First, I was in a weak, sick, dysfunctional marriage, and so I was more inclined to embrace the chance to live healthier – even if it meant I would no longer be married. Why be perpetually angry over what could very well turn out to be a new lease on life?

Second, I honestly feel I have so much to be grateful for that living in anger really seems pointless. I’m writing this on a plane and, as I usually do on airplanes, I’ve spent some time watching a movie. The first time I watched Kramer vs. Kramer, I was seven years old and I watched it with my father. All these years later, it remains a timeless classic – as poignant now as it was then. It reminded me of the fact that I got a divorce with absolutely no custody battle. Now, if that’s not something to rejoice over, then I don’t know what is. I walked away with my everyday life intact and with my children to share it with me.

I don’t receive spousal support, but I don’t have to pay any, either. Not every woman in my position is this fortunate. I don’t get spousal/child support and I did not ask for any. I didn’t want a big fight; I just wanted to be able to move on peacefully. I’m also convinced that no matter what is or isn’t written down on paper, a real father will be concerned about and want to contribute toward his children’s upkeep. And at some point, I had to accept reality: my children’s father was either ‘real’ or not, and whichever he was, my children would not suffer. It would be nice to have this sort of support for my children, but I do not need it. My life and the children’s lives have not changed without it, and that is a super-duper blessing, if you ask me.

I don’t have to rearrange my children’s lives, nor mine, in any significant way because their father doesn’t live here. We are all spared the agony of having to shuttle the children back and forth between two homes.  Another reason not to be angry.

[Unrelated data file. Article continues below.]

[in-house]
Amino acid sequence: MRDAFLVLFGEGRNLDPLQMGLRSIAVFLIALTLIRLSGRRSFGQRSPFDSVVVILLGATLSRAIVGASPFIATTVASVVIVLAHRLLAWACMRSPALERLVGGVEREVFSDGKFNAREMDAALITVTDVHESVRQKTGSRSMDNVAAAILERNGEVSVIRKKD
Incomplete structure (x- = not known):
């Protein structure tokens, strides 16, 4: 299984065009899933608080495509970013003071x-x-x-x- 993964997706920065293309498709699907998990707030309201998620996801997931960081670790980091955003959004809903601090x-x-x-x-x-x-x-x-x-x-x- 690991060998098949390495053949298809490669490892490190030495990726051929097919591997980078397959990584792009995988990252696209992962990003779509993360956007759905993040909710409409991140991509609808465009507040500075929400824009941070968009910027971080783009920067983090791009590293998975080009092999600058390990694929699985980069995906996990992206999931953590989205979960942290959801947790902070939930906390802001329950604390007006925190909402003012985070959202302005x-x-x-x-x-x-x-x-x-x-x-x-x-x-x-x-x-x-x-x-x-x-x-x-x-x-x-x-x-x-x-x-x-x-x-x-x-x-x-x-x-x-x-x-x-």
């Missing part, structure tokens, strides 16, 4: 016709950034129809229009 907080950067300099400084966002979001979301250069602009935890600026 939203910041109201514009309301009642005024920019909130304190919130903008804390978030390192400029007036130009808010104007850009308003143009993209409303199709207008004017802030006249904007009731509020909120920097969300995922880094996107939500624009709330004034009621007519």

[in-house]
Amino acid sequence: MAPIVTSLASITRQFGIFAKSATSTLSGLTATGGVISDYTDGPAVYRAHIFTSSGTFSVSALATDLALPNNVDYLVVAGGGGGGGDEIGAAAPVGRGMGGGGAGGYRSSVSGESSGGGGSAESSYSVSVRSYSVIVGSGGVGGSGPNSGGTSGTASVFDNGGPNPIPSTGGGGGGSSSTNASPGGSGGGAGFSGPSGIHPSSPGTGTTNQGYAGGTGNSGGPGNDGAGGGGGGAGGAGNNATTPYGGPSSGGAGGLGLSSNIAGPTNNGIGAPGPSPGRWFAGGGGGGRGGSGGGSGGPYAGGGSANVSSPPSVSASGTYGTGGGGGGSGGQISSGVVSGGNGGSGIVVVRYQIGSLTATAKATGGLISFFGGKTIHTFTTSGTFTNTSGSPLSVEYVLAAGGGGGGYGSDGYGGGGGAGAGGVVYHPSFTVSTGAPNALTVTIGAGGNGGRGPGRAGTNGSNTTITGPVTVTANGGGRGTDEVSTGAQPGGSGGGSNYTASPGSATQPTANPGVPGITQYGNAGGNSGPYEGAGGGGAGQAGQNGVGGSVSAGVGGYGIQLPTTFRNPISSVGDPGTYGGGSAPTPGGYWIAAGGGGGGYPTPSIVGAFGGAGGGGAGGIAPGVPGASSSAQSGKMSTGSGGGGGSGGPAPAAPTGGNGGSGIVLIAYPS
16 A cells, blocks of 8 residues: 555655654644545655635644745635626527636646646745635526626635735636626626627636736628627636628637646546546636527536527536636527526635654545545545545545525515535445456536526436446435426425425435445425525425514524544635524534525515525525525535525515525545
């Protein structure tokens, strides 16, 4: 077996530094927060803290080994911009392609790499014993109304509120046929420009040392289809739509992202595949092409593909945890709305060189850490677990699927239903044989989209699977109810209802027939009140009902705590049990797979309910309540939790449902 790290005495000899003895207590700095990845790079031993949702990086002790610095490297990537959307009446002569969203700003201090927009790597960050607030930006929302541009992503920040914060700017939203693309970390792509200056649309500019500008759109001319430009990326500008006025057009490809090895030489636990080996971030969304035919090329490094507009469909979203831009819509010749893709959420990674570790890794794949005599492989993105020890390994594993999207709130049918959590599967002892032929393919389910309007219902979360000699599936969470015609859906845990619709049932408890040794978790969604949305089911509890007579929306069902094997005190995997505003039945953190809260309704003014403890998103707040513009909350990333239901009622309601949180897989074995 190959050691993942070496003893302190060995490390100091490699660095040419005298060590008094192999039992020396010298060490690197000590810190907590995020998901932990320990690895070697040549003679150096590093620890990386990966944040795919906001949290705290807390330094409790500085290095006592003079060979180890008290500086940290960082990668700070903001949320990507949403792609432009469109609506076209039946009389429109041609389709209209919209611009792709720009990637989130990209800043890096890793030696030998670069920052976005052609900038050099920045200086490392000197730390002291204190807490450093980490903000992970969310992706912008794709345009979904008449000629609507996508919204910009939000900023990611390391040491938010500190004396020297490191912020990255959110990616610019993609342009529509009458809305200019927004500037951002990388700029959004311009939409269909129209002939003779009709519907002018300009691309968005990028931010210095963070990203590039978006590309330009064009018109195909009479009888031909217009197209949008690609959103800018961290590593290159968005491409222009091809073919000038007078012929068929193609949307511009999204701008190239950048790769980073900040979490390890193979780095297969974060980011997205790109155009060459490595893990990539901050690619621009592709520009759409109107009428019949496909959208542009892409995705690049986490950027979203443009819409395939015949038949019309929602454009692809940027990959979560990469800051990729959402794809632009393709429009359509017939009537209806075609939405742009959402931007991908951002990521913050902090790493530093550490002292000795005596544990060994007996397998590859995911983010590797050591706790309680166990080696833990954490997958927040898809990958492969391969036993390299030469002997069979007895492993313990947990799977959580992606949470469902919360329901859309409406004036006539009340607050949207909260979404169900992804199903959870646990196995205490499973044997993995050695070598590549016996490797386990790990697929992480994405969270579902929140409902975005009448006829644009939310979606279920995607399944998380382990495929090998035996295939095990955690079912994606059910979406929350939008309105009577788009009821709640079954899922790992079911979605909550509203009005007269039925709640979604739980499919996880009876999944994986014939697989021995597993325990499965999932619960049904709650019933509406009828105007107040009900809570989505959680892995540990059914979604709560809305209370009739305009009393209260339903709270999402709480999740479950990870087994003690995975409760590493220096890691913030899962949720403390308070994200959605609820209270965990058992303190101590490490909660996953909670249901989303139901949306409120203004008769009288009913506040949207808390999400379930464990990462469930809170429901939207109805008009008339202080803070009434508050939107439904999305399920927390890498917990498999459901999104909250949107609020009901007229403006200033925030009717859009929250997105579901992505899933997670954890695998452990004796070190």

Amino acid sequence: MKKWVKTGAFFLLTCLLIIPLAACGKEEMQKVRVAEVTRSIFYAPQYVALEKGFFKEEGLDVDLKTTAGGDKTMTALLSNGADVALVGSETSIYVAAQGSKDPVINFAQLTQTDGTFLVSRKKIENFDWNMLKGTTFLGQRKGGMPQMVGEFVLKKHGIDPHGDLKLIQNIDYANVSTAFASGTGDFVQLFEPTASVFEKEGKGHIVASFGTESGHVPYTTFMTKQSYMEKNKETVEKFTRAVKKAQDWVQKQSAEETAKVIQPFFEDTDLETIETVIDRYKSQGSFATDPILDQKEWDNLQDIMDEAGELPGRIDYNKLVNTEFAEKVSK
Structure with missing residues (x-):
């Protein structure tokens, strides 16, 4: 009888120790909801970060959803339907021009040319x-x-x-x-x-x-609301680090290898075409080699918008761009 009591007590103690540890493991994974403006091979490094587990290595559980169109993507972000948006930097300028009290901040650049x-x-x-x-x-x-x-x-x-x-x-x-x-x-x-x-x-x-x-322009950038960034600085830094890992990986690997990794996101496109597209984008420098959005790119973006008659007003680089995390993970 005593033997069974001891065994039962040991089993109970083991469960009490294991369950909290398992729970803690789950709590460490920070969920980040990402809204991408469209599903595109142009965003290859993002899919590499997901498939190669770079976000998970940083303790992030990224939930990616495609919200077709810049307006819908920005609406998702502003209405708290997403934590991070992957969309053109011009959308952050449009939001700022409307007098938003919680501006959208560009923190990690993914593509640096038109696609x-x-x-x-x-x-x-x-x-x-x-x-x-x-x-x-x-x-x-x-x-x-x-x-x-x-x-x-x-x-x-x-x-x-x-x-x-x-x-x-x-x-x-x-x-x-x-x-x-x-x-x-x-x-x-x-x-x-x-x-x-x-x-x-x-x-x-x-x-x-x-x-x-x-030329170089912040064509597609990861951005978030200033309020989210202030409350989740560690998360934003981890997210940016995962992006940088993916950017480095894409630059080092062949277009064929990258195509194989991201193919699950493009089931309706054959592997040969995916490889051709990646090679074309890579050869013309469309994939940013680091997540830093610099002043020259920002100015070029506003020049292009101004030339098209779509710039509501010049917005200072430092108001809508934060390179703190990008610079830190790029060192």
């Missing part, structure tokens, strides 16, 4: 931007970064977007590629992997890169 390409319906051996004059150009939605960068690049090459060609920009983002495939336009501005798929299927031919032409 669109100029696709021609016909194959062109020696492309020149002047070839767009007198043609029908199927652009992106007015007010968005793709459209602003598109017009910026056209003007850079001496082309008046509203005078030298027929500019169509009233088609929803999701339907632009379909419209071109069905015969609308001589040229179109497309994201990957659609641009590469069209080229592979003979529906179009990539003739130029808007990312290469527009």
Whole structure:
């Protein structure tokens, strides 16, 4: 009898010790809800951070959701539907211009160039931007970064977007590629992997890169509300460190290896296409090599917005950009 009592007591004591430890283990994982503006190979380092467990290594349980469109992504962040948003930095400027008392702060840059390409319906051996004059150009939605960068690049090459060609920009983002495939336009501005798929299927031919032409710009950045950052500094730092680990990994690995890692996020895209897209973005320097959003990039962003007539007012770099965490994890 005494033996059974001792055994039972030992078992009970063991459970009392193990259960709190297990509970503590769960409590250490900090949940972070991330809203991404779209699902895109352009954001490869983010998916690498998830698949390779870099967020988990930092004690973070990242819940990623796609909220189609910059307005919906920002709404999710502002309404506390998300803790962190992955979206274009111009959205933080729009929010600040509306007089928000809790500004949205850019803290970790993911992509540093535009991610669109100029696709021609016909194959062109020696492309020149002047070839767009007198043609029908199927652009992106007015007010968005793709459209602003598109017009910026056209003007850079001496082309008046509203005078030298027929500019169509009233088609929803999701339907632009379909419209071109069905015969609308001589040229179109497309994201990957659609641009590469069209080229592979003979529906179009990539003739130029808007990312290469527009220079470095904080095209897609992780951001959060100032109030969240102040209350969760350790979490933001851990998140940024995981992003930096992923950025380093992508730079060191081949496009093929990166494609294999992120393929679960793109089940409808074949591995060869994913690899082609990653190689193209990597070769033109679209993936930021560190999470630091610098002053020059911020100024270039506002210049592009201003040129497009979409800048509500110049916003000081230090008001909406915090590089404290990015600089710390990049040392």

I would definitely have been devastated had I been a stay-at-home mom (which I was once) when all of this happened. I’m thankful that it happened at a point in my life when I could make a particular decision because I wanted to, rather than being compelled to make a different decision for financial reasons. Few women are that fortunate. I could go on and on and on ... but you get my drift.

Third: because this blog focuses on divorce, it is hard for an outsider looking in to have a sense of the good side of my former spouse. As an insider, I’m privy to the ‘bad’ and the ‘ugly’ aspects of this failed union, but also to the ‘good.’ In earlier years, the positive aspects of my ex-husband’s character actually convinced me that I was ‘marrying up.’ It’s unfortunate that the ‘good’ wasn’t enough to overwhelm the other aspects. The stark contrast between what was then and what is now persuades me that something is not quite ‘right.’ But whatever that ‘something’ is, I finally had to accept that as much as I once wanted to and tried to, it was not my job to remedy it. It was his.

Fourth and finally: If I’m going to spend my life angry at him, then I necessarily have to spend my life angry at myself, too. Did he do a lot of things that I’d like to strangle him for? Sure. But out of all the people in the world, out of all of my suitors, I chose him. To be fair, I should also be angry at myself for not making a different choice, for not being wise enough, for not putting myself in a position to be wiser, etc., etc., etc.

The problem is that I don’t have the wherewithal to beat myself up forever ... and I’m certainly not going to spend that amount of energy doing this to someone else. 


  1. Love this post for its sincerity especially your 4th point.It is very difficult to find ourselves culpable when we start the blame game. Its much easier to name and shame others, when if only we looked a little closer, we would find that we sometimes had a part to play.

    1. It is difficult, but yes, I certainly am not innocent. My complacency in marriage was lethal, and I can look back now and recognize that.